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EDSP 3700 Lecture Notes August 22

by: Abby Joannes

EDSP 3700 Lecture Notes August 22 EDSP 3700

Marketplace > Clemson University > Special Education > EDSP 3700 > EDSP 3700 Lecture Notes August 22
Abby Joannes
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About this Document

These notes cover what was gone over in our first lecture. I will continue to post these notes weekly. Feel free to contact me with any questions!
Exceptional Children
Professor Jennifer Counts
Class Notes
SPED, Education, exceptionality




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This 3 page Class Notes was uploaded by Abby Joannes on Tuesday August 2, 2016. The Class Notes belongs to EDSP 3700 at Clemson University taught by Professor Jennifer Counts in Fall 2016. Since its upload, it has received 22 views. For similar materials see Exceptional Children in Special Education at Clemson University.


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Date Created: 08/02/16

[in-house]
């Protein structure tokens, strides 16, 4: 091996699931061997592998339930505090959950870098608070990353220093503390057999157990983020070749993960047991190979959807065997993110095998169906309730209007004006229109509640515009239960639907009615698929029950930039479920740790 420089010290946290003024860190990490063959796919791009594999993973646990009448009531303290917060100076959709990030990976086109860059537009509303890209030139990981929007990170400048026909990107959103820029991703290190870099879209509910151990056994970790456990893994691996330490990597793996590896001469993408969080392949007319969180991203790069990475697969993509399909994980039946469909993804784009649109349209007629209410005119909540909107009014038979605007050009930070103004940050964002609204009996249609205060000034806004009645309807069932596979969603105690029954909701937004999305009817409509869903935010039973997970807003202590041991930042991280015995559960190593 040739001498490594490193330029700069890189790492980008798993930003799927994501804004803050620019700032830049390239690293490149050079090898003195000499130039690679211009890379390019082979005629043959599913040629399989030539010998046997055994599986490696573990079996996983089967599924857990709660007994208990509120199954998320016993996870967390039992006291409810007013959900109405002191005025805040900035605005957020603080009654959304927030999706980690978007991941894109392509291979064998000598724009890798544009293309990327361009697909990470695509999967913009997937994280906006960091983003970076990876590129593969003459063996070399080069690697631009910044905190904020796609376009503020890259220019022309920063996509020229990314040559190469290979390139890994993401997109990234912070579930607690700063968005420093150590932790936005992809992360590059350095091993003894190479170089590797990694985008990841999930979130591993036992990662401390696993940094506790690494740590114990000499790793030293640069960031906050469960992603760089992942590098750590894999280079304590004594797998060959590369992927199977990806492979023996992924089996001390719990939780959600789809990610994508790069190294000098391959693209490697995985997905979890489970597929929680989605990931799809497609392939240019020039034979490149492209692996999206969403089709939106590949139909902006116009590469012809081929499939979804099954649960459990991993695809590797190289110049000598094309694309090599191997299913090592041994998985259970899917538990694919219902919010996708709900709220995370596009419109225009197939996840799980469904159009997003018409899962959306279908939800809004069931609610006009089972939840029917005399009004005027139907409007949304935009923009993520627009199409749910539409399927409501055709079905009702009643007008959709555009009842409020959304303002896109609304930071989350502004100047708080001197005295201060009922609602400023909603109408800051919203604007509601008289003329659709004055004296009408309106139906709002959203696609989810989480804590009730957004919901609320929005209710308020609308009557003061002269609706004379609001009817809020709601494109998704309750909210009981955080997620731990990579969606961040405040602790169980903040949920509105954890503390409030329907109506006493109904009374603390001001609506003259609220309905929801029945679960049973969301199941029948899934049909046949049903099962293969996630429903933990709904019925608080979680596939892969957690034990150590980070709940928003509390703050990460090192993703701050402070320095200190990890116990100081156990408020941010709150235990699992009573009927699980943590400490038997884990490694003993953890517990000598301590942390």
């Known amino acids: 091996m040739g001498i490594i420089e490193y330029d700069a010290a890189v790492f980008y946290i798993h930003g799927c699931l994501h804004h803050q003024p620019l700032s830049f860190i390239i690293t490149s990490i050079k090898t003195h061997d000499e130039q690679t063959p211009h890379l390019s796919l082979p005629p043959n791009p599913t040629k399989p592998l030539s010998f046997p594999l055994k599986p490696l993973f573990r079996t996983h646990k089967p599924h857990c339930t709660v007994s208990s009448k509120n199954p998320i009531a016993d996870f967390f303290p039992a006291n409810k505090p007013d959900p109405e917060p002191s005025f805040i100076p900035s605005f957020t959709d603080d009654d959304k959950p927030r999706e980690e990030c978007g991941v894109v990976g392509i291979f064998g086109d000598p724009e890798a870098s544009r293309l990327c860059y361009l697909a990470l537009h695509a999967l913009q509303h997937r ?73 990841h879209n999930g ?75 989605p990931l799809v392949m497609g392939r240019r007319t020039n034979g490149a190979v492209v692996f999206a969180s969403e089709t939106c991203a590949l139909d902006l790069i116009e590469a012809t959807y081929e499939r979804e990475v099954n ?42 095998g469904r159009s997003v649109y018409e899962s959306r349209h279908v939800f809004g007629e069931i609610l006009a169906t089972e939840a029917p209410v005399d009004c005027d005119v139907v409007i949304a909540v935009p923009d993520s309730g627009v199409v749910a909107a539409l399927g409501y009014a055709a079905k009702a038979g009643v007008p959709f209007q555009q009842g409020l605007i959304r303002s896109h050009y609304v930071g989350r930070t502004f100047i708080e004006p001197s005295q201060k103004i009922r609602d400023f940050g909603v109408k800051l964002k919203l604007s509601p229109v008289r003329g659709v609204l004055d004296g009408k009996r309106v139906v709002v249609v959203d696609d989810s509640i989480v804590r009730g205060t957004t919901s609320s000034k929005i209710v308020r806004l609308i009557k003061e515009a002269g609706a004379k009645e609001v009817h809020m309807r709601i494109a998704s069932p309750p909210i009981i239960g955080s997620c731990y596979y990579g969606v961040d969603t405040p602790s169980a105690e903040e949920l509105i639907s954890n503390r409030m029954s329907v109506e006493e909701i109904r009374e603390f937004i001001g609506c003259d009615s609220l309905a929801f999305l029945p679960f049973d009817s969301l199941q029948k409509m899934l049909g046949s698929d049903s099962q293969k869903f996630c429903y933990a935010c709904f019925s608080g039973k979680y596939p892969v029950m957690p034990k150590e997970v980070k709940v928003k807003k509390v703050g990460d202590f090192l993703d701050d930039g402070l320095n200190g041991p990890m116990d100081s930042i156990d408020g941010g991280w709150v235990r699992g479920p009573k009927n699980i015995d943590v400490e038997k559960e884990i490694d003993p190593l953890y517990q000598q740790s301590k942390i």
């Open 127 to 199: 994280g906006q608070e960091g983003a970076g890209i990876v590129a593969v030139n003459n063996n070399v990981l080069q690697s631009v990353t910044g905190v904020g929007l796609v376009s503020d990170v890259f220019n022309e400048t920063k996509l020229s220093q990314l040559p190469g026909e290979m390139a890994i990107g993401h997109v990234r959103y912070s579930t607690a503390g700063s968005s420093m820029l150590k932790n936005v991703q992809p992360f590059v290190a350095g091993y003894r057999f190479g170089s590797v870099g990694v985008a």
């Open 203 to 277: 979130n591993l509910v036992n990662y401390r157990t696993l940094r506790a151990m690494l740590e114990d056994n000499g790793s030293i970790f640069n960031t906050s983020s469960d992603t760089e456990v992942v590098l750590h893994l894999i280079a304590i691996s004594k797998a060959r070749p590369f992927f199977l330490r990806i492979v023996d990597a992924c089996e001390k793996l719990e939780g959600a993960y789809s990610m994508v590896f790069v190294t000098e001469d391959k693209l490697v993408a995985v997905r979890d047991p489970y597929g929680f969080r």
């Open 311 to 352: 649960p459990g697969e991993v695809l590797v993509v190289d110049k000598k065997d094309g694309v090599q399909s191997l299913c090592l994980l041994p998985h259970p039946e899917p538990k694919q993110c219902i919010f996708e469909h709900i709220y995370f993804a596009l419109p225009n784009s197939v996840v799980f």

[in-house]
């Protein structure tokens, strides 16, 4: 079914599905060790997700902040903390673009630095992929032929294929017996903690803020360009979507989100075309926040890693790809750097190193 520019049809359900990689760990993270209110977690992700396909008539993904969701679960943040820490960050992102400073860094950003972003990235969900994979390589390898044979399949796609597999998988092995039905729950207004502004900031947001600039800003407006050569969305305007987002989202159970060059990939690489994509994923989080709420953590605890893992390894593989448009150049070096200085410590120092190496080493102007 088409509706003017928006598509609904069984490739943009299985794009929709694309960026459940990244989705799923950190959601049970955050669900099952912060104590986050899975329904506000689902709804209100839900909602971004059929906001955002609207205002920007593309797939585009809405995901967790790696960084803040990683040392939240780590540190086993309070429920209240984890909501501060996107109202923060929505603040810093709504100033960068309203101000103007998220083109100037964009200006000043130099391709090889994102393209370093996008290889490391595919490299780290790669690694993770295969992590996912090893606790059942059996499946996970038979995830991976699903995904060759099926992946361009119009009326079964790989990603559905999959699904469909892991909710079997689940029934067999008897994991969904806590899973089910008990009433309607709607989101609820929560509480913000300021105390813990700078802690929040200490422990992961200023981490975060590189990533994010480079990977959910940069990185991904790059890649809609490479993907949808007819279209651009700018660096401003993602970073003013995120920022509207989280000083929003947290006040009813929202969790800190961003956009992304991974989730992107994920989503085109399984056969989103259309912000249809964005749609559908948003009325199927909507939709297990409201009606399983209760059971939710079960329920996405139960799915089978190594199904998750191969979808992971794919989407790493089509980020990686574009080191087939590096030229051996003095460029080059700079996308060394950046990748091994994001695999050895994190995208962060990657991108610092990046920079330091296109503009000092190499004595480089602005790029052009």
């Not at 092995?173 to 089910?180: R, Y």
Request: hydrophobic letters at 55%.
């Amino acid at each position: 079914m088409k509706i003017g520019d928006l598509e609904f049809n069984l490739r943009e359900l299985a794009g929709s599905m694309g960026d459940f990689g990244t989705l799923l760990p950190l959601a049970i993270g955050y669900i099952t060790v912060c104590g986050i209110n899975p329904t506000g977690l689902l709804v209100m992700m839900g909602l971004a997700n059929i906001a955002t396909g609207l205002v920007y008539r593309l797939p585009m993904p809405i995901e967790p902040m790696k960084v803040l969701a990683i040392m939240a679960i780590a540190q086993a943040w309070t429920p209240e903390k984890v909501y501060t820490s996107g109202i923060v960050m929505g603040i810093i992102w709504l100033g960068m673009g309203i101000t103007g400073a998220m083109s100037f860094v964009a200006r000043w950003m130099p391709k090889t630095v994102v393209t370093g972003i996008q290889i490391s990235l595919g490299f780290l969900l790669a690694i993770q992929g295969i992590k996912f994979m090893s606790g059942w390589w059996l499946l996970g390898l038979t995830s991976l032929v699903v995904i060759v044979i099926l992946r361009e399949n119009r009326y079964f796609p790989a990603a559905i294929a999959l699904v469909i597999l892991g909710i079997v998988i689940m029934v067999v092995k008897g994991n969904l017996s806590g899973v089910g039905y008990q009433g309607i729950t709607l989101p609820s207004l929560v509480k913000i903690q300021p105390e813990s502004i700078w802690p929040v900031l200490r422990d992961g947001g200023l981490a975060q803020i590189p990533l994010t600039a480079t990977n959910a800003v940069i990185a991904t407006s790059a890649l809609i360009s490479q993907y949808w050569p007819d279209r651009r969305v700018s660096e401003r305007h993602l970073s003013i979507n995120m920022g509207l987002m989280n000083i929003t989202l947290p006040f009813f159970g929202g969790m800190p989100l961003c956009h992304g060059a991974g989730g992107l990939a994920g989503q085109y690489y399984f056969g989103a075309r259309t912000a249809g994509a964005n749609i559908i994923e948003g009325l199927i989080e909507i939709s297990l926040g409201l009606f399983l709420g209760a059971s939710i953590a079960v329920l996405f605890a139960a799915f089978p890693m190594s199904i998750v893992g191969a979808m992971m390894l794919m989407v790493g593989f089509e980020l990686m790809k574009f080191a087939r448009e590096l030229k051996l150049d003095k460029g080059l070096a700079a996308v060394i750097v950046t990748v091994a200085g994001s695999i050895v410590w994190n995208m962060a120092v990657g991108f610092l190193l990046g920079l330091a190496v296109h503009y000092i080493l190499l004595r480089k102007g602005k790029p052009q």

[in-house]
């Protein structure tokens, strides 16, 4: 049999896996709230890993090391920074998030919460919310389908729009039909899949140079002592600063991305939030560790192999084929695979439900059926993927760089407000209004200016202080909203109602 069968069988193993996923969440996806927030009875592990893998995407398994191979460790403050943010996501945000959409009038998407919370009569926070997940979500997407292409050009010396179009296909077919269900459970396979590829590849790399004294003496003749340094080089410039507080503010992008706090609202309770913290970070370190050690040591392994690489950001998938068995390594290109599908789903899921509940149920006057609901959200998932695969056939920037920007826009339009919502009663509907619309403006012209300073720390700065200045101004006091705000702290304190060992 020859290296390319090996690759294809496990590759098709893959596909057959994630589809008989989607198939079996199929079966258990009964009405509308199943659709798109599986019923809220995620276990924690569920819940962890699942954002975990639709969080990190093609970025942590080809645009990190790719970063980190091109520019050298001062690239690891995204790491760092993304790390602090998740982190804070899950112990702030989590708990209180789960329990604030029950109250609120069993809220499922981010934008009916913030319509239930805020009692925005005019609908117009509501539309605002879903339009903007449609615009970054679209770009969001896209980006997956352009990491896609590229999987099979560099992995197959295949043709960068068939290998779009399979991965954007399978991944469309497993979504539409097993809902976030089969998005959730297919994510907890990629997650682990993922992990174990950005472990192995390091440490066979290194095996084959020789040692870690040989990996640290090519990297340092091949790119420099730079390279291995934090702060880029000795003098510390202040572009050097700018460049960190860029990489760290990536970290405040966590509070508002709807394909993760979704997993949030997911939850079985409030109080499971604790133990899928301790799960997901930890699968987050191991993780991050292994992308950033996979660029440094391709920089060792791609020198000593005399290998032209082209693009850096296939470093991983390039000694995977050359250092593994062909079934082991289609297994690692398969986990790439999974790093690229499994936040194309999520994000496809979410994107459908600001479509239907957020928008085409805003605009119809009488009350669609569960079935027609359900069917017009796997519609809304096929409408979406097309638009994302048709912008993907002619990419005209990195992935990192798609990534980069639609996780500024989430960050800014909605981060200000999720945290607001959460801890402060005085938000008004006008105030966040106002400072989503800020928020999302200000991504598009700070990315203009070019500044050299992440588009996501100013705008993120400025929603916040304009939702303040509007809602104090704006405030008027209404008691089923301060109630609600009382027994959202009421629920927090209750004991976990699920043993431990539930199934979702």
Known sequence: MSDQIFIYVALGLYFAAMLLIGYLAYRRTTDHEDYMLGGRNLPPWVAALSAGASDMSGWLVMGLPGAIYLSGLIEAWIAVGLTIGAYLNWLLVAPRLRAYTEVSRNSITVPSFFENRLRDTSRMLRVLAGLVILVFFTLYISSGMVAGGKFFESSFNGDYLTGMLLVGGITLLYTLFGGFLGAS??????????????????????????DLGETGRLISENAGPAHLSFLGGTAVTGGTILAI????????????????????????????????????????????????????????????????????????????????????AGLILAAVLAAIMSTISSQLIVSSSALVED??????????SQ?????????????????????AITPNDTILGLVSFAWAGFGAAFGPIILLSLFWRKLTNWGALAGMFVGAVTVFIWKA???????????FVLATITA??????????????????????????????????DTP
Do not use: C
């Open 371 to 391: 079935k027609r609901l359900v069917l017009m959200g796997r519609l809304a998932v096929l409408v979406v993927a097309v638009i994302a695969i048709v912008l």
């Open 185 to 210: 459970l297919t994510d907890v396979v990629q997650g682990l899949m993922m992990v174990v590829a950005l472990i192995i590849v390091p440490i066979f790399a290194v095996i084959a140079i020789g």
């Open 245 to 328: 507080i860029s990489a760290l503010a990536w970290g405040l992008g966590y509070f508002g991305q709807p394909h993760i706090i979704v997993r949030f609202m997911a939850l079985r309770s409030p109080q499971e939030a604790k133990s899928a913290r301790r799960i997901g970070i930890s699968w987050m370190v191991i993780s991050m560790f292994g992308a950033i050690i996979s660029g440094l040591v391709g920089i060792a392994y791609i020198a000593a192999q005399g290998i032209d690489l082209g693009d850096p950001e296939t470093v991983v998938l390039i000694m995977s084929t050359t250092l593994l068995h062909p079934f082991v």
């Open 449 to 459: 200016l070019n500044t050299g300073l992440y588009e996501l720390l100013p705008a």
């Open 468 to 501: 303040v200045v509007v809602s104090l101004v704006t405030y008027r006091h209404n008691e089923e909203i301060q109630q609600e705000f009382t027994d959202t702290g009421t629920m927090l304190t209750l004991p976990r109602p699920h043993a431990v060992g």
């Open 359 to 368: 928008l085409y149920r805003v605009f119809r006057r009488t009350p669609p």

EDSP 3700 Lecture Notes Week of August 22, 2016 • Exceptional Learners – require special education and related services to reach potential o Includes those with special gifts and talents o Disabilities are on a continuum § Severe/Profound: usually intellectual disabilities § Mild: usually specific learning disabilities § Anywhere on the continuum: emotional and behavioral disorders, autism o Exceptional learners are on a wide range, with different abilities o Common understanding is that children excel in their LRE (least restrictive environment). Keeping them as close to normal as the average student as we an. § Some children do not excel in a normal setting and the normal setting wouldn’t be categorized as that specific child’s LRE § Example: an autistic child in a loud gym class • Getting oriented o Focus on ability vs. disability o The IEP has a section talking about a student’s strength • Handicap vs. Inability o Handicap: a disadvantage imposed on an individual § Disability does not have to be a handicap o Inability: all disabilities are an inability to do something not every inability is a disability o Examples § A wheelchair bound person: the wheelchair is only a handicap if the area doesn’t have a wheelchair accessible place § A Blind person: their disability is the inability to see. Th eir disability is not a handicap in the dark because the dark isn’t causing them not to see. • Prevalence o Over 6.5 million students (8.5% of the school population) receive special education services o Males may be identified more often, and may be able to be diagnosed more easily than females o Autism is considered low-incidence because the definition of autism has changed • Special Education Definition: specially designed instruction that meets the needs of exceptional students which may include special materials , teaching techniques, equipment and or facilities as well as related support services. o Goal for special education: students show adequate progress toward acquiring content o Reasons for children being labeled: didagnostic processes, advocacy and awareness o Exceptional learners: runs on the continuum of sever/profound à T&G (entire continuum) § Special education: G&T, ADHD, and DSL are not included § There are 13 federally identified groups for receiving services. • Special Education History th o 18 thntury: primarily regarding blind and deaf o 19 Century: attempted to educate those with intellectual disabilities. Moving from just Blind & Deaf to “insane”. Most education took place in asylums, segregated. o 1922: CEC (Council for Exceptional Children) – governing body for standards of special education. Still here today. o 10 Century: deinstitutionalization, wanting to move the people out of the asylums, wanted to give them a more normal life into communities. Teaching people to be more productive members of the community o Present day: integration works best for most kids but not all (LRE!!) • Legislation and Litigation o Legislation – lawmaking o Litigation – defending rights under the law (going to court/law suits) o Education for all Hancicapped Children Act § All children have the right to free, appropriate, public education. LRE. The one that’s closest to normal while still showing that they’re making progress. o IDEA (provisions) § Identification § FAPE: free appropriate public education § Due process: rights to information, informed consent, system for disagreement § Parental involvement: every effort to involve § LRE: least restrictive environment § IEP: individualized education program. Once you are entitled to services, this legal document goes with you anywhere in the country, even if you change schools. § Nondiscriminatory evaluation: all areas of suspected disability, multiple measures § Confidentiality § Personal development: highly qualified teachers required o ADA (Americans with Disabilities Act) § Differs from IDEA. IDEA has to do with education, but ADA protects people against all discrimination due to disability in the community o NCLB (No Child Left Behind) § ESSA is the extension which adds the HQ status of teachers. Lecture Review Questions 1. How is disability related to exceptionality? • Disabilities are just part of the exceptionality continuum • Exceptionality = disability, DSL, G&T, ADHD 2. To receive special education services what two standards must be met? • Being identified under one of the 13 categories • Have to be in need of the services. If someone is blind, can read braille, and can keep up, student doesn’t need an extra IEP and specialized service. 3. How are disability and handicap related? 4. Special education and its goals • Goal: to achieve adequate (not optimal) progress • Special education: specially designed instruction (services & support) to meet a child’s needs 5. Legislation • IDEA: free appropriate education • ADA: people’s rights in community, protects against discrimination • NCLB à ESS: standards based education for learners, teachers are accountable, HQ requirement